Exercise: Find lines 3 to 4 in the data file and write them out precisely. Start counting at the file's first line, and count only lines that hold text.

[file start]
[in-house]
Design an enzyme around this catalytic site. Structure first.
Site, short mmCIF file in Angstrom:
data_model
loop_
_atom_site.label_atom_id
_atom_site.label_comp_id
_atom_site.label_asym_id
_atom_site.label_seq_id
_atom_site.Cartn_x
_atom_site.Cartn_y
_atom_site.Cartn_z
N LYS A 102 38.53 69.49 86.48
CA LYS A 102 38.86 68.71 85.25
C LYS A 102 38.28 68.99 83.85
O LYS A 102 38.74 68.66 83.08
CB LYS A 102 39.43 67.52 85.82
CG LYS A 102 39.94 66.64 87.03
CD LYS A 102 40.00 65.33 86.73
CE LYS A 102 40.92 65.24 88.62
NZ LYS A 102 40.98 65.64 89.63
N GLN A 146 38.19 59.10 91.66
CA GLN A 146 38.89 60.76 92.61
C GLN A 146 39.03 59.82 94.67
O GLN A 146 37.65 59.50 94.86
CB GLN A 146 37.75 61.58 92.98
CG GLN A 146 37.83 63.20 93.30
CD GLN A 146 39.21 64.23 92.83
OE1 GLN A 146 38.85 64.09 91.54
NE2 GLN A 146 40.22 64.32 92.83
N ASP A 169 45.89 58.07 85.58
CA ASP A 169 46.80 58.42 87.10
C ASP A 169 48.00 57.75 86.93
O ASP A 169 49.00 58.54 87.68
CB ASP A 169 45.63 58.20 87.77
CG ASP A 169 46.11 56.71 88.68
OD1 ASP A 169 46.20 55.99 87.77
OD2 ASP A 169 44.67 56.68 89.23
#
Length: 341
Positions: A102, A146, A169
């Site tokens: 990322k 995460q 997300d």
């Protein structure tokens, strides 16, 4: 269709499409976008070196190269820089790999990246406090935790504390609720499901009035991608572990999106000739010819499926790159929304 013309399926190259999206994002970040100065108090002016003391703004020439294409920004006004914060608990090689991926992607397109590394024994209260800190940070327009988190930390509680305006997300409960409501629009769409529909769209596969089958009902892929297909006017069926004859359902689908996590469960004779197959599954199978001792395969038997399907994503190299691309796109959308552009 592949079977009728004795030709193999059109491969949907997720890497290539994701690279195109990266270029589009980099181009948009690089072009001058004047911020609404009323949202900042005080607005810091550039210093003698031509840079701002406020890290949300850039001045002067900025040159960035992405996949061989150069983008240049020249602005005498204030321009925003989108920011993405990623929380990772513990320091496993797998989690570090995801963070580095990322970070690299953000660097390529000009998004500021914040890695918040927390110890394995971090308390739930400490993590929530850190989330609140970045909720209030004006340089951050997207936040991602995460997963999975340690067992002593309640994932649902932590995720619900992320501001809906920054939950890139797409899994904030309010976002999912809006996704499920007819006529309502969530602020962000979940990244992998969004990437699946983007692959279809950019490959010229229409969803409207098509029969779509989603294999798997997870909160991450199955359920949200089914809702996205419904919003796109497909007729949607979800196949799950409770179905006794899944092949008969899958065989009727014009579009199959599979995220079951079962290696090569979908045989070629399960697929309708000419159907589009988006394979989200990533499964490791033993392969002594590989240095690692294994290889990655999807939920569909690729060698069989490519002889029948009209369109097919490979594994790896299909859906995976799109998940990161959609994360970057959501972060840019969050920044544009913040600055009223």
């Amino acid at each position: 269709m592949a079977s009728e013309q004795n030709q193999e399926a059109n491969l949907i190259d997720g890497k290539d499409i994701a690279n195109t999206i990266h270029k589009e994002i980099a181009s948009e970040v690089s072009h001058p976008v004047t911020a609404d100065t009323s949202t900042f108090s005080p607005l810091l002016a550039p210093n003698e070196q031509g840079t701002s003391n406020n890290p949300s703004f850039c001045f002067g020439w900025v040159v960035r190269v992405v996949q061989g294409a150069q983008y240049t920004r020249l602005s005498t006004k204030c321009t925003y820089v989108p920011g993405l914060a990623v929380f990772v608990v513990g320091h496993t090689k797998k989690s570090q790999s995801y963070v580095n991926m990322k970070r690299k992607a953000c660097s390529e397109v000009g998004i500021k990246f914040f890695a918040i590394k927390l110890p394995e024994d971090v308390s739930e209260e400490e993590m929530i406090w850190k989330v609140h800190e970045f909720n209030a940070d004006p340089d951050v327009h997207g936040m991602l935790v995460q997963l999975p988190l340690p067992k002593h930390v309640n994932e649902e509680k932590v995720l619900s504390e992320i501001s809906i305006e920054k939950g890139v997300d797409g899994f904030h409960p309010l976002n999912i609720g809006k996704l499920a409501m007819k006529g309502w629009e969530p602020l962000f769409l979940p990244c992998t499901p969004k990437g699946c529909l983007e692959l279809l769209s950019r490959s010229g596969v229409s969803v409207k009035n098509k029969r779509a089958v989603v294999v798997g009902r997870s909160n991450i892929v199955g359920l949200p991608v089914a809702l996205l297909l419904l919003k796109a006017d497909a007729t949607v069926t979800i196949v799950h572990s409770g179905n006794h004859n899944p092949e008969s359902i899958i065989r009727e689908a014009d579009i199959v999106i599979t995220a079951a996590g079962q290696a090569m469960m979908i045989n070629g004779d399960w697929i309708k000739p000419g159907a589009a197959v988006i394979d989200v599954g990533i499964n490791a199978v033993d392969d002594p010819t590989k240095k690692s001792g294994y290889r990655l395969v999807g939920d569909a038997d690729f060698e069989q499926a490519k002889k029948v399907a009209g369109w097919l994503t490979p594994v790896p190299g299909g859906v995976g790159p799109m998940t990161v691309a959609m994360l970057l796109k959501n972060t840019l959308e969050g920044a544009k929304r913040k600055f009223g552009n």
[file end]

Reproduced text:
Site, short mmCIF file in Angstrom:
data_model